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Geminids

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About Geminids

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    Nebula

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    Hayfield, Derbyshire
  1. My understanding of these functions is that, time returns a value that can be subject to the vagueries of processor busyness speed etc. and will be subject to variable delays (the author of Spectrum Lab explained this in Spectrum. Lab User Forum iogroups some time back). Now was introduce to overcome these problems and gives the most accurate report of time at the time the function is called. Your processor must be very busy for such a difference. Seriously, there difference you talk about seems wrong. It will also be dependent on the context of where it is used in your conditional actions script - if the functions are side by side in a long loop process or the FFTs are large for example.
  2. Not bad work for seven days work! Sorry I cannot help you with Pi Spectrum Lab has had many years of dedicated development - probably many more years that Raspberry Pi's have.
  3. Hallo Ken, I am not familiar with your particular set up for Spectrum Lab. However, it does look as if the settings for the spectrogram display are set too low. The conditional action script seems to be capturing something. I do not know what the dispaly on the spectrum display graphs at the top indicate. Perhaps red for noise and green for signal? But I cannot see the levels. I would normally adjust the amplitude range (the numbers below the colo(u)r palette on yours they are set to about -110 to -60dB) of the lower limit so that the noise level is just occassionally poking into the spectrum graph and then set the upper limit to 40 dB above that. Then it is a matter of adjusting the colour sliders up and down. A good indication is when you get a purple-blue background and red-blue noise spots - meteors will be orange to yellow to white. I hope this helps. Mike
  4. They look like good data. According to IMO information there are two showers that are at a maximum on 29 th July - Southern Delta Aquariids and Alpha Capricornids. (these have negative declinations - does that mean they are below the horizon and we don't see them?) They have Zenith Hourly Rates of 25 and 5 respectively . There is also the Perseids which were starting to become active on July 17th and going through to 12 August with ZHR of 100. Those results suprise me (nicely) for such Northerly monitoring; your background noise and interfence are probably good in such a remote(? ) place. Do you have a good line of sight over the sea?
  5. Hi Storm Chaser You've been running for a while now and I am wondering what kind of hourly count rates you've been getting in Stornaway?
  6. Do you have a balun on the antenna down lead? This can significantly reduce cable pick up. I use commerically available ferrite baluns from the company that supplied the antennas. I have found monitor screens are still picked up by antennas.
  7. It is nice to see the streaming data. I think I saw dim moon scatter at 1075 Hz. Where is 143.050 (zero Doppler for your RTL? Oh I can see on your clip it is at around 1065Hz. Your background noise looks quite steady with no nasty sproggies.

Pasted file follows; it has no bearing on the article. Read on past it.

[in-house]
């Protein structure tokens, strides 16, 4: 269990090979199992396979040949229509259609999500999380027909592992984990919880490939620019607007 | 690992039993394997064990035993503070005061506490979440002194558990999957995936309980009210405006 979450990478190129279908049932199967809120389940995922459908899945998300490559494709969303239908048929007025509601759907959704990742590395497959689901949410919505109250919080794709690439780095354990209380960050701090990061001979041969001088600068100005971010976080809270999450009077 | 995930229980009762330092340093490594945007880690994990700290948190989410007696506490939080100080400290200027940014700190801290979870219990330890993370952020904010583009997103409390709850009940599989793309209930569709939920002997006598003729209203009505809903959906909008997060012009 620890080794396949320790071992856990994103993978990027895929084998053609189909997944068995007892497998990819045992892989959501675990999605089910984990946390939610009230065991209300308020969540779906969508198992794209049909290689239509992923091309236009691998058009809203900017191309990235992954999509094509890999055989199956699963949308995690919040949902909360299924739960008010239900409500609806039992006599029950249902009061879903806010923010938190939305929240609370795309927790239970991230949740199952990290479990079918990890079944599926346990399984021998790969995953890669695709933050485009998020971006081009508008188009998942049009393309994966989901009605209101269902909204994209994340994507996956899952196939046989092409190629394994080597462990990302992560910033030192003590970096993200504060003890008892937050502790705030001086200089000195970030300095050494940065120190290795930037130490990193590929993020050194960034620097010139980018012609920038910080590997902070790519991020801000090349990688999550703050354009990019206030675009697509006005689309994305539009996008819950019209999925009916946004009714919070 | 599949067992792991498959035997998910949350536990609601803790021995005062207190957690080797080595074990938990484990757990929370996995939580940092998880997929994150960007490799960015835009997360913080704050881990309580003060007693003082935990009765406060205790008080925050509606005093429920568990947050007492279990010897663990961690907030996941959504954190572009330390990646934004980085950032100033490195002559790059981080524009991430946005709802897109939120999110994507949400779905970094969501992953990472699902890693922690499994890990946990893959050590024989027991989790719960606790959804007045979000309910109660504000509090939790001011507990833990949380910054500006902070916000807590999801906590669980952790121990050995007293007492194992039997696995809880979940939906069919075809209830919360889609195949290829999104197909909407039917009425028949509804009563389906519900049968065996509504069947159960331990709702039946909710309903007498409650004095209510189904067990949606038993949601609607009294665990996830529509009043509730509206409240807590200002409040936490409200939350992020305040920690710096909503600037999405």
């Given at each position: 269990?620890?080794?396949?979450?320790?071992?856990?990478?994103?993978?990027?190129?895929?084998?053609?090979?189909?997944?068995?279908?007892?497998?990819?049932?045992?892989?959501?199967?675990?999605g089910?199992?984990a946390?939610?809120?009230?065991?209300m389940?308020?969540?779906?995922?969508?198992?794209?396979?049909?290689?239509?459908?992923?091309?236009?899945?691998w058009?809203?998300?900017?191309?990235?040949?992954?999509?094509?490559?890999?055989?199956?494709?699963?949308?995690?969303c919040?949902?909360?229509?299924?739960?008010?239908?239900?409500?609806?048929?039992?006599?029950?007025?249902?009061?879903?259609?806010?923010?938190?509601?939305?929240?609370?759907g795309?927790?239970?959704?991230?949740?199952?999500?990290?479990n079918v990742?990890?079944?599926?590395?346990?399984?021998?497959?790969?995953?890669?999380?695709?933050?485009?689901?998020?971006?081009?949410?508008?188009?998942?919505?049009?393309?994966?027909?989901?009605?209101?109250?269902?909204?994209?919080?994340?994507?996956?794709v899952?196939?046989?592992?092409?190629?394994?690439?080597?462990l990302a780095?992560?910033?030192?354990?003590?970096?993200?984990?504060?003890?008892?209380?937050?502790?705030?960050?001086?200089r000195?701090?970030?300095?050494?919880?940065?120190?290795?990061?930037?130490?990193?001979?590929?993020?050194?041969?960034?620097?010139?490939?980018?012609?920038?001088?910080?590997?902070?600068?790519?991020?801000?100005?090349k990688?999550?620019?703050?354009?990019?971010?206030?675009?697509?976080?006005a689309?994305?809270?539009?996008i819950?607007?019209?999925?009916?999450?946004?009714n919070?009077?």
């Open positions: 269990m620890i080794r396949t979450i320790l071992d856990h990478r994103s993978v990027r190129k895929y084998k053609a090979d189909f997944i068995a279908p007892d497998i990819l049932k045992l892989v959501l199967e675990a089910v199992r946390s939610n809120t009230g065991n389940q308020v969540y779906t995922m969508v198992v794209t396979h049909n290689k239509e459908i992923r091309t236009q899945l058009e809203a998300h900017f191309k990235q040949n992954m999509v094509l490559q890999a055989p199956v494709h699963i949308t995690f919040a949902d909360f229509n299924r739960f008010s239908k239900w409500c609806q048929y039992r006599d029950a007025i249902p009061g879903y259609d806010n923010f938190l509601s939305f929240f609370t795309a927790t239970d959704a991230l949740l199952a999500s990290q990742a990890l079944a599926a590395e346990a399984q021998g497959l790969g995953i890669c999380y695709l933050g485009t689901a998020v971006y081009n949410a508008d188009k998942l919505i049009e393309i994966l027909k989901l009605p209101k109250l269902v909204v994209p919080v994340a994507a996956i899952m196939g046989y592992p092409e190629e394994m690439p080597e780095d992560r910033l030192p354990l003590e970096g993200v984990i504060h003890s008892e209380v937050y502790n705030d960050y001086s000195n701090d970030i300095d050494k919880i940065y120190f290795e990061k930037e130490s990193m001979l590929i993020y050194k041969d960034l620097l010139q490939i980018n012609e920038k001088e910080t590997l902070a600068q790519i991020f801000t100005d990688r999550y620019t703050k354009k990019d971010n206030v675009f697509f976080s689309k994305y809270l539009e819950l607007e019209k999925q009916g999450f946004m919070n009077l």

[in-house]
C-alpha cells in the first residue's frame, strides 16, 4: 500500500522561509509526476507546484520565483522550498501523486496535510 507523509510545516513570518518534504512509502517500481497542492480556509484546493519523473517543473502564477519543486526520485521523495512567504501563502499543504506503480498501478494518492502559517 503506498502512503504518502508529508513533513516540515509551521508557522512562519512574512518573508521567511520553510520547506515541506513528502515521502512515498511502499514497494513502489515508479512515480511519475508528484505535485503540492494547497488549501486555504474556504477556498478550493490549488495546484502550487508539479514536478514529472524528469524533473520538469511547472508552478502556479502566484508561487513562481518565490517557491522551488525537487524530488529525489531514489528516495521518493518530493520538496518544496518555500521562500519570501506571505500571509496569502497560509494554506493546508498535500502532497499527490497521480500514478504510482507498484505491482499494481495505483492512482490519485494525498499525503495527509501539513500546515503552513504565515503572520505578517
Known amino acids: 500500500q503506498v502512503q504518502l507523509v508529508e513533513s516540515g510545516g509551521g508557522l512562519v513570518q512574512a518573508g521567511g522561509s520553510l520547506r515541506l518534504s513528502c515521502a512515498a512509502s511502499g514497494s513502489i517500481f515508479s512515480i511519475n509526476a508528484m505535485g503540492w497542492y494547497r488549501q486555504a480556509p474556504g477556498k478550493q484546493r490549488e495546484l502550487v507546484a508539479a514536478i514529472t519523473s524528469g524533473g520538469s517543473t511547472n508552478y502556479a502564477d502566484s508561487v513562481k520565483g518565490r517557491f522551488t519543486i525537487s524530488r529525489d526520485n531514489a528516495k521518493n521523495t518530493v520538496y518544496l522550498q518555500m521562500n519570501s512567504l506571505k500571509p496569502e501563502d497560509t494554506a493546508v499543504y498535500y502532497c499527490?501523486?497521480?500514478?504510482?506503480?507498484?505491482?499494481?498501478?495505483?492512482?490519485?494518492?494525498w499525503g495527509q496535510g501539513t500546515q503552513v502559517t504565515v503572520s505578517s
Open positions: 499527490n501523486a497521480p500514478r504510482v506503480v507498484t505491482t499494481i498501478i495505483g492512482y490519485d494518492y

8. Welsome back! That is a really strong one. Keep on with the study - all valuable information. ISS is one of the biggest targets we see but unfortunately I think, from memory, its orbit is limited to something like 51 deg N. I did start to think about other large satellites that come further N - and hence help map out the side lobes - but I was sidetacked on another project.
  9. According to the link below sporadic E contacts were highest 16:00 to 18:00 but still plenty of them between 18:00 and 20:00 UTC. https://www.mmmonvhf.de/es.php?year=2020&month=05&day=29 I learnt that mid-latitude sporadic E occurs between 100 and 120 km altitude (the altitudes we look for radio meteors) and is possibly casued by wind shear sweeping up long-lived metal ions from meteor disintegration. I haven't been able to ascertain whether VHF is refracted back or forward scattered? It seems a possible mode for GRAVES signals of the type and duration but I can't say (yet) if it is probable. It appears to be a different manifestation to that of tropo scatter. Any thoughts Mike
  10. That is very interesting - I was looking for some kind of ionospheric effect. I will have to think and take advice on how trhat may allow signals like that. Thanks
  11. A number of us who regularly monitor for meteors on the GRAVES radar frequency noticed an event at 29/05/2020 18:09:02 lasting here at Hayfield for almost four minutes, and with particularly high signal strength. Other than the long event there is no evidence on my records to identify it as a meteor. There is no head echo. The GRAVES pulses can be readily seen but apart from that there does not appear to be any general fading. Does this suggest high altitude with slow dispersion/recomination of the ionised cloud? How far wide spread was this seen? How strong (compared to avearge meteors) was the signal? Were there any space junk ionising the atmosphere.
  12. I had noticed these effect on a few days now and happened to be watching the radio waterfall rather than spectrum lab when it happened today again. The streaks turn out to be a source of wandering frequency local QRM I first noticed several years ago and had hoped it had gone away. As for the bright spots from what you say they are not the more distant QRM from Starlink! I will investigate further. Thanks for the information.
  13. Amongst my monitoring of daytime Arietids along came a herd of starlink satellites (I think). Two questions - has anyone seen the streaks that seem to be associated with the times of the bright events and how long before the herd are dispersed?
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